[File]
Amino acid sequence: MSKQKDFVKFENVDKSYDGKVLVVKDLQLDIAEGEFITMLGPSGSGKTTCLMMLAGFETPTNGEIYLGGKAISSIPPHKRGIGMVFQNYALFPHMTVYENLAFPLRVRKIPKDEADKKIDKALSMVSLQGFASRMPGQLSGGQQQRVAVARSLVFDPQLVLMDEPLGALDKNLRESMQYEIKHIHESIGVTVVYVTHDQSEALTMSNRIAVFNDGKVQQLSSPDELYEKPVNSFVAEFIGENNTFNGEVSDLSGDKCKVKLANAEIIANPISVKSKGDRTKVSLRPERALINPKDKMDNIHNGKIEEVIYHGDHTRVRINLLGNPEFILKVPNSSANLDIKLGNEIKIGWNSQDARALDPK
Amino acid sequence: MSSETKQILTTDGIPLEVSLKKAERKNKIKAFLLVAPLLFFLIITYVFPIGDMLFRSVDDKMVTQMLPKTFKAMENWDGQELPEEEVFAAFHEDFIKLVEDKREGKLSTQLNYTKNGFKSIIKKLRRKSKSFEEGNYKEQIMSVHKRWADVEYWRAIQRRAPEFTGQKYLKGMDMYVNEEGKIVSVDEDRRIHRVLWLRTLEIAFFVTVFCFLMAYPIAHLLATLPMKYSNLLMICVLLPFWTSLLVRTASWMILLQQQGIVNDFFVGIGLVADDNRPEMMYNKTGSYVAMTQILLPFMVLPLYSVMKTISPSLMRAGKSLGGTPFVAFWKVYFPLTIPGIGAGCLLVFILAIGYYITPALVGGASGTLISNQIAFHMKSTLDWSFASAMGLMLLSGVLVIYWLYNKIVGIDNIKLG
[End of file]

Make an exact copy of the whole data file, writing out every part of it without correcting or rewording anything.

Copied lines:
Amino acid sequence: MSKQKDFVKFENVDKSYDGKVLVVKDLQLDIAEGEFITMLGPSGSGKTTCLMMLAGFETPTNGEIYLGGKAISSIPPHKRGIGMVFQNYALFPHMTVYENLAFPLRVRKIPKDEADKKIDKALSMVSLQGFASRMPGQLSGGQQQRVAVARSLVFDPQLVLMDEPLGALDKNLRESMQYEIKHIHESIGVTVVYVTHDQSEALTMSNRIAVFNDGKVQQLSSPDELYEKPVNSFVAEFIGENNTFNGEVSDLSGDKCKVKLANAEIIANPISVKSKGDRTKVSLRPERALINPKDKMDNIHNGKIEEVIYHGDHTRVRINLLGNPEFILKVPNSSANLDIKLGNEIKIGWNSQDARALDPK
Amino acid sequence: MSSETKQILTTDGIPLEVSLKKAERKNKIKAFLLVAPLLFFLIITYVFPIGDMLFRSVDDKMVTQMLPKTFKAMENWDGQELPEEEVFAAFHEDFIKLVEDKREGKLSTQLNYTKNGFKSIIKKLRRKSKSFEEGNYKEQIMSVHKRWADVEYWRAIQRRAPEFTGQKYLKGMDMYVNEEGKIVSVDEDRRIHRVLWLRTLEIAFFVTVFCFLMAYPIAHLLATLPMKYSNLLMICVLLPFWTSLLVRTASWMILLQQQGIVNDFFVGIGLVADDNRPEMMYNKTGSYVAMTQILLPFMVLPLYSVMKTISPSLMRAGKSLGGTPFVAFWKVYFPLTIPGIGAGCLLVFILAIGYYITPALVGGASGTLISNQIAFHMKSTLDWSFASAMGLMLLSGVLVIYWLYNKIVGIDNIKLG